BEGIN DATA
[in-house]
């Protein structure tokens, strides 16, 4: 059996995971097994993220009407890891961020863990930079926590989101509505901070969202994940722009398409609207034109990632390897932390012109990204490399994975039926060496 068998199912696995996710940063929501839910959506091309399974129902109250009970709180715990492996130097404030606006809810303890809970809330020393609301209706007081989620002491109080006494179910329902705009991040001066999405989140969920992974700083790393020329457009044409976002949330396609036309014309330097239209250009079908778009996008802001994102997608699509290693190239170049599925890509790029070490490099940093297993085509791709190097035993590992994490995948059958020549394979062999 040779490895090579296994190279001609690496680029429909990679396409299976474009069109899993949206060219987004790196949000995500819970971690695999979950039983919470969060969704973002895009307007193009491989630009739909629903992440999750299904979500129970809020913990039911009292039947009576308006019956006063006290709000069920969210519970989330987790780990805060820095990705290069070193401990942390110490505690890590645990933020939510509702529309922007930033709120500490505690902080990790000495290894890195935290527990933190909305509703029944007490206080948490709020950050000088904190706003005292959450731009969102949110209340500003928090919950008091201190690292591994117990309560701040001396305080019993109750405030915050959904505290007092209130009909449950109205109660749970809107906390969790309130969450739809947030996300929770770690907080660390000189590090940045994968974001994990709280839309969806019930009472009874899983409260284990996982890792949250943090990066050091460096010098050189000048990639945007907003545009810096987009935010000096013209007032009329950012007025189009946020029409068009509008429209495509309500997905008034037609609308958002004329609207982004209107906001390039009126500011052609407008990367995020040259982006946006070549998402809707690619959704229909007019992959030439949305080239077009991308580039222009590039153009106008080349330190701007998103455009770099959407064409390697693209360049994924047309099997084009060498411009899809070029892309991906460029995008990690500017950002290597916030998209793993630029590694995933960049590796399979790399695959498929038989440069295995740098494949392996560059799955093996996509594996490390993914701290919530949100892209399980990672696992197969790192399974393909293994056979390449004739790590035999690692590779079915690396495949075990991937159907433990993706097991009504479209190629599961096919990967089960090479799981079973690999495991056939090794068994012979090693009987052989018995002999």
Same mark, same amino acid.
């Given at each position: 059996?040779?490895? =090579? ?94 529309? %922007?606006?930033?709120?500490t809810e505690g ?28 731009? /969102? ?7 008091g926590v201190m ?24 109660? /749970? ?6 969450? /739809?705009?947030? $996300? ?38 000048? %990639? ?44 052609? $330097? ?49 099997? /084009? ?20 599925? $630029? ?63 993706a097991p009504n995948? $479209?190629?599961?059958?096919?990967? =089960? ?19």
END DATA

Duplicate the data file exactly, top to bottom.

[in-house]
């Protein structure tokens, strides 16, 4: 059996995971097994993220009407890891961020863990930079926590989101509505901070969202994940722009398409609207034109990632390897932390012109990204490399994975039926060496 068998199912696995996710940063929501839910959506091309399974129902109250009970709180715990492996130097404030606006809810303890809970809330020393609301209706007081989620002491109080006494179910329902705009991040001066999405989140969920992974700083790393020329457009044409976002949330396609036309014309330097239209250009079908778009996008802001994102997608699509290693190239170049599925890509790029070490490099940093297993085509791709190097035993590992994490995948059958020549394979062999 040779490895090579296994190279001609690496680029429909990679396409299976474009069109899993949206060219987004790196949000995500819970971690695999979950039983919470969060969704973002895009307007193009491989630009739909629903992440999750299904979500129970809020913990039911009292039947009576308006019956006063006290709000069920969210519970989330987790780990805060820095990705290069070193401990942390110490505690890590645990933020939510509702529309922007930033709120500490505690902080990790000495290894890195935290527990933190909305509703029944007490206080948490709020950050000088904190706003005292959450731009969102949110209340500003928090919950008091201190690292591994117990309560701040001396305080019993109750405030915050959904505290007092209130009909449950109205109660749970809107906390969790309130969450739809947030996300929770770690907080660390000189590090940045994968974001994990709280839309969806019930009472009874899983409260284990996982890792949250943090990066050091460096010098050189000048990639945007907003545009810096987009935010000096013209007032009329950012007025189009946020029409068009509008429209495509309500997905008034037609609308958002004329609207982004209107906001390039009126500011052609407008990367995020040259982006946006070549998402809707690619959704229909007019992959030439949305080239077009991308580039222009590039153009106008080349330190701007998103455009770099959407064409390697693209360049994924047309099997084009060498411009899809070029892309991906460029995008990690500017950002290597916030998209793993630029590694995933960049590796399979790399695959498929038989440069295995740098494949392996560059799955093996996509594996490390993914701290919530949100892209399980990672696992197969790192399974393909293994056979390449004739790590035999690692590779079915690396495949075990991937159907433990993706097991009504479209190629599961096919990967089960090479799981079973690999495991056939090794068994012979090693009987052989018995002999």
Same mark, same amino acid.
């Given at each position: 059996?040779?490895? =090579? ?94 529309? %922007?606006?930033?709120?500490t809810e505690g ?28 731009? /969102? ?7 008091g926590v201190m ?24 109660? /749970? ?6 969450? /739809?705009?947030? $996300? ?38 000048? %990639? ?44 052609? $330097? ?49 099997? /084009? ?20 599925? $630029? ?63 993706a097991p009504n995948? $479209?190629?599961?059958?096919?990967? =089960? ?19």